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THIS IS A GREAT VIDEO on why your voice sounds different from a recording than what you think it sounds like. Singers especially need to keep this in mind!

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THIS STORY ABOUT A PROFESSOR WHO IS BARRED FROM using a cheaper textbook is an interesting story. “A math professor wants to do something really simple: use different textbooks from other faculty who teach the same course, because he thinks that a different pair of books is better. Those books also happen to cost less. However, the standard $180 textbook happens to have been written by the chair of the department.

I’ve never been in a department where other professors have been forced to use the same textbook, but I see the advantages, especially with sequential courses. Also, while the Department Chair can be seen as potentially greedy, he/she probably earnestly believes the textbook to be the best learning resource. What do you think?

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A TOUCHING STORY TOLD BY Marie Grass Amenta.

Cassie* had an especially awful form of pediatric liver cancer, loved to sing and Cassie’s Mom thought it would be good to give her a chance to sing with other children.  Kristie was a bit skeptical but checked with her supervisor and decided to give her a try.
 
Cassie came the first day and Kristie was shocked.  She was a tiny little thing, completely bald with a central line (for her chemo) obvious on her chest. But her spirit and her sweet voice made everyone fall in love with her immediately! As the rehearsal period went along, the fifth grade girls competed with each other to sit or stand next to her during rehearsal. In fact, Kristie had to devise a rotating schedule so all of them would get a chance to be next to Cassie.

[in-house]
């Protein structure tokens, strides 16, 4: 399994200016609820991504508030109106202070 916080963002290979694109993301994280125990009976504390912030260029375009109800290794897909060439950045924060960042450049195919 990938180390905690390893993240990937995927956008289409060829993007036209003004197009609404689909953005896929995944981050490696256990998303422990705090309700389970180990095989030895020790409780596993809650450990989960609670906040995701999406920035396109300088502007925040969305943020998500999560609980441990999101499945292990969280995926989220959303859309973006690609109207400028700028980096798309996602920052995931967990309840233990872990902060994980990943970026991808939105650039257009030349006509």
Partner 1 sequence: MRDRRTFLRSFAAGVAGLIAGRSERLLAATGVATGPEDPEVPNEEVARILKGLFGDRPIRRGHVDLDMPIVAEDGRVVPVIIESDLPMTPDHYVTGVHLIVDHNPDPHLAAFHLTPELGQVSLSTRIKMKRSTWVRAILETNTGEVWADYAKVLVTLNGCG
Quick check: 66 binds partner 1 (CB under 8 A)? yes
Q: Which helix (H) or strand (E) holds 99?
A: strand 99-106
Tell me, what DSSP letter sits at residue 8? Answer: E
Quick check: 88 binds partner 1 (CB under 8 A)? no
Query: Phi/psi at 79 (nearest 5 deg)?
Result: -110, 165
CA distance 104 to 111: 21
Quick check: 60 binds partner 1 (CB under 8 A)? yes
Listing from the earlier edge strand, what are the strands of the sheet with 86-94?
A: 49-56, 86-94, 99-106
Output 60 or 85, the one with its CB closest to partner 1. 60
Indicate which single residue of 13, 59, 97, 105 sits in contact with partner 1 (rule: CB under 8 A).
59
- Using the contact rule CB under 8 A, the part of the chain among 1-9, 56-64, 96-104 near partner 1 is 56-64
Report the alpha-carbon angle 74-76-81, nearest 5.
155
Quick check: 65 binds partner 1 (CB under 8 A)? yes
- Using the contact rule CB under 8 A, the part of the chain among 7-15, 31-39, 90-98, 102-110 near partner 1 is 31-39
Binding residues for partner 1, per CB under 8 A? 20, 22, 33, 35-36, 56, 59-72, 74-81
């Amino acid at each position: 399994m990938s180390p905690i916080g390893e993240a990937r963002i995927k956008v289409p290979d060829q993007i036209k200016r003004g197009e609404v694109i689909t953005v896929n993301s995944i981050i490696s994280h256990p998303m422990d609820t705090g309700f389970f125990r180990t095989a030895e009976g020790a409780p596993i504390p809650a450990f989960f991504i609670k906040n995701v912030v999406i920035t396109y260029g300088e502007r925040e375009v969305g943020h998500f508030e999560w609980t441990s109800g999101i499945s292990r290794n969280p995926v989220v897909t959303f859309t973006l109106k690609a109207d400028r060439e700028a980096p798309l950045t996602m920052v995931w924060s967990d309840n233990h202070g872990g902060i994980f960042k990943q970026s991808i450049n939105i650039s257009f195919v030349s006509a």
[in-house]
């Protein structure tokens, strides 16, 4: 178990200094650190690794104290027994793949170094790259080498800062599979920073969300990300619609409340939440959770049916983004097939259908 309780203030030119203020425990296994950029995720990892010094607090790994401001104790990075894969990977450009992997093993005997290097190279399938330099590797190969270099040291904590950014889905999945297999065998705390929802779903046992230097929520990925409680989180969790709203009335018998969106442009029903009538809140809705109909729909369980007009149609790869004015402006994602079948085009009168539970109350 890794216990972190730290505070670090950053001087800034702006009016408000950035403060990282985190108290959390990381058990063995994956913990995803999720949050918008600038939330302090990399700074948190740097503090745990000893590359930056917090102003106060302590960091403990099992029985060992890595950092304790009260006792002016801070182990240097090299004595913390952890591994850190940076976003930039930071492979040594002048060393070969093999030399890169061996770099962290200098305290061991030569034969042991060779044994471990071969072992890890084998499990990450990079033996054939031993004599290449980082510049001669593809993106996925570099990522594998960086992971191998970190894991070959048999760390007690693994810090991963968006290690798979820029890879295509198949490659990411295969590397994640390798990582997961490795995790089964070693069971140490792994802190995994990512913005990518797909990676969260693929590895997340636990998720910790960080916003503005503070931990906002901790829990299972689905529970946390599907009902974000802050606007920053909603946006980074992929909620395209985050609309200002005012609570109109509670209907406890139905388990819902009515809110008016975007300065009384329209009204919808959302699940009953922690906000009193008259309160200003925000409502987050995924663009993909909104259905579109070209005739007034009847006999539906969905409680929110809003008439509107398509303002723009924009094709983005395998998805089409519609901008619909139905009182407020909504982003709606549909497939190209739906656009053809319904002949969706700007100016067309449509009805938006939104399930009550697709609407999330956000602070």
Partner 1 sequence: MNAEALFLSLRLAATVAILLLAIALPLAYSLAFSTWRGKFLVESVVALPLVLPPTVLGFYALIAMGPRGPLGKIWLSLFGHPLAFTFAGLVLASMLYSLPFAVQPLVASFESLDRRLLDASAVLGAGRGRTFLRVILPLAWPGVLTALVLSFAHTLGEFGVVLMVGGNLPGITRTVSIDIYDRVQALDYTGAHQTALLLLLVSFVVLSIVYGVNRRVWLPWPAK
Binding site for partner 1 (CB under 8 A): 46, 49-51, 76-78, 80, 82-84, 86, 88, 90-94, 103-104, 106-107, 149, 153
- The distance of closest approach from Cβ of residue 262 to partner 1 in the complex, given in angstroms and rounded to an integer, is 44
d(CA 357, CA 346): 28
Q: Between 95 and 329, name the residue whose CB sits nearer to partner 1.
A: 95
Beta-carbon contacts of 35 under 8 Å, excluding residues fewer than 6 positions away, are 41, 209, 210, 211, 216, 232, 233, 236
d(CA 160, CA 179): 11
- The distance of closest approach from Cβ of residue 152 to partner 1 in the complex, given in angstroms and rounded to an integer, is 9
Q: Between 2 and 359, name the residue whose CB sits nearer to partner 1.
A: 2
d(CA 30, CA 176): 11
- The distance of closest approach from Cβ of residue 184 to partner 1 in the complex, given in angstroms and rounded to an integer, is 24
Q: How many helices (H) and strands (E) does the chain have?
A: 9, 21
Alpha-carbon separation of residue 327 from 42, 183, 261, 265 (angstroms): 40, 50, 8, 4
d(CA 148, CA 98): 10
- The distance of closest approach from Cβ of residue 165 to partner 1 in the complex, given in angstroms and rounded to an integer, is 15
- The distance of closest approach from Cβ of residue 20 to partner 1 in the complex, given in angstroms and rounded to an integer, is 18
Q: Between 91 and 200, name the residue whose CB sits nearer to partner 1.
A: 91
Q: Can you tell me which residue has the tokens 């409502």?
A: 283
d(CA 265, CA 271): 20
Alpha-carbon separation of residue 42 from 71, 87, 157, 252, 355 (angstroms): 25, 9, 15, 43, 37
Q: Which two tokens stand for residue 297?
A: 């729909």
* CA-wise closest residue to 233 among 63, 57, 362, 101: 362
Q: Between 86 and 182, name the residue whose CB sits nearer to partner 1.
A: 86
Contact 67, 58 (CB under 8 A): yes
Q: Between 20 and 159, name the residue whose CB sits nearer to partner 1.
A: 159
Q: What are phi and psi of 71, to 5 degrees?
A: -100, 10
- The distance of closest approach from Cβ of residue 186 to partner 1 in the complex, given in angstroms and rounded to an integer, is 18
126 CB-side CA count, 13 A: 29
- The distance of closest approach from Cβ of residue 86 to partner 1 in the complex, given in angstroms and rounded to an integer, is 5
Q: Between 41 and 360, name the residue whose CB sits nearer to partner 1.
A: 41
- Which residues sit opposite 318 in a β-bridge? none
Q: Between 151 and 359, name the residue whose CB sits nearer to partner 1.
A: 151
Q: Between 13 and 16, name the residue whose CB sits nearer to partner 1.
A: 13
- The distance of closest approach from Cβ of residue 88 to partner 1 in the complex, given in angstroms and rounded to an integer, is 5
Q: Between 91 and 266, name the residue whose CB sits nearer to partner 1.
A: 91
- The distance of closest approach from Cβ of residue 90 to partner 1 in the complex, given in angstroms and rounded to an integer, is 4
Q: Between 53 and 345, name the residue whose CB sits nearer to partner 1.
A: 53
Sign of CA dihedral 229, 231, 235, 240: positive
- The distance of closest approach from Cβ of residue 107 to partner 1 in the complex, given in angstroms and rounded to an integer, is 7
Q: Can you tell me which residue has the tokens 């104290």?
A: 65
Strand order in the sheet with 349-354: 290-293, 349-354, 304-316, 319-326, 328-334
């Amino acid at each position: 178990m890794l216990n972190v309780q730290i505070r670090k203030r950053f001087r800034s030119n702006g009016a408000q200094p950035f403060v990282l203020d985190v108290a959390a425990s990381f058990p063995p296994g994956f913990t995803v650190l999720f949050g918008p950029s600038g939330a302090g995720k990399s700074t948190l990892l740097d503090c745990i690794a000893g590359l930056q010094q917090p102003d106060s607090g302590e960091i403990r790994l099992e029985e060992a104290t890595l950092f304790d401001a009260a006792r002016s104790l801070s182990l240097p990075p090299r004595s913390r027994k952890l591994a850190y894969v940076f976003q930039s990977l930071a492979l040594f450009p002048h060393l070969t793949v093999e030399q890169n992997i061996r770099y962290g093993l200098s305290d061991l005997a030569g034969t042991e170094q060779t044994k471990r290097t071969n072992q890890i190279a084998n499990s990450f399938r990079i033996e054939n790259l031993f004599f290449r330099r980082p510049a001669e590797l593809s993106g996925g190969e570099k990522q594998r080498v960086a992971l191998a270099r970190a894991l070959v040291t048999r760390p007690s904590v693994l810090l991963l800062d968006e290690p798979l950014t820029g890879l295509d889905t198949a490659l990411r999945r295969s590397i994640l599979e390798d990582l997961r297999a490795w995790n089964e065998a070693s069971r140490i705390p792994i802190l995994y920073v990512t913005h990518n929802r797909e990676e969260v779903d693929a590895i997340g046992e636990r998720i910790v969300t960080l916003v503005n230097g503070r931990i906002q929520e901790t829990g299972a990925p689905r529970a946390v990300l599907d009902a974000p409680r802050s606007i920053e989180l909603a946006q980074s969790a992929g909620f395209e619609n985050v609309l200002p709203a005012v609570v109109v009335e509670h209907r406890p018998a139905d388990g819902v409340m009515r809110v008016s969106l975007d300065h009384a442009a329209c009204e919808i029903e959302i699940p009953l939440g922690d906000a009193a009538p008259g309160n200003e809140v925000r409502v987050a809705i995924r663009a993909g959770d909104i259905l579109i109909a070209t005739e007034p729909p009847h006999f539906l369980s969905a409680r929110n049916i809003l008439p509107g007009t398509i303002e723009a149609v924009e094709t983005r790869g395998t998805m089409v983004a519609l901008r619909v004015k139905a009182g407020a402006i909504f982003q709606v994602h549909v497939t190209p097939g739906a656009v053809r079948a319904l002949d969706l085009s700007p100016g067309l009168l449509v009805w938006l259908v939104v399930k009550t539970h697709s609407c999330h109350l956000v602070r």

Read the whole thing.

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WSJ ON THE IMPORTANCE OF SINGING TO BABIES: Singing Wields Power Over Babies’ Behavior. “Infants who listened to [unfamiliar] singing maintained their composure for nine minutes, on average. In contrast, lively and neutral spoken words provided distraction for 4.2 and 3.9 minutes, respectively. In a second experiment, the remaining infants listened to recordings of their mother singing familiar children’s play songs or speaking the words in a child-friendly style. The mothers’ singing delayed infant fussing for 6.7 minutes, on average, whereas the spoken words provided distraction for 3.5 minutes.

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DON”T BE ONE OF These People. “On her way into the store that day, Jackie had put up a poster but on her way out, it was no longer there. As she was walking to her car, she noticed one of her former singers, now a board member of another chorus, loading his car with groceries with her poster in his hand. She didn’t know what to say, so she said nothing and left. The first thing she did when she got home was to call her board president. They decided they would keep aware of what was happening with their posters at those stores and keep replacing them. During the summer, two other board members had a similar experience to Jackie’s; replacing posters and then seeing someone walk off with them, usually someone they recognized as belonging to that other chorus.” This is not how choirs get ahead.

 

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MARIE GRASS AMENTA On Treating Singers With Respect. “Many amateurs singers feel in order to ‘do the music justice’ you need to be treated poorly to be able to achieve true perfection. And when we allow directors to get away with behaving badly, they feel they CAN get away with it. A conductor has the power to attract singers or repel them.” It is important to remember that our behavior during rehearsal is not just about the music or the sound, but about people. How we correct is as important as what we correct.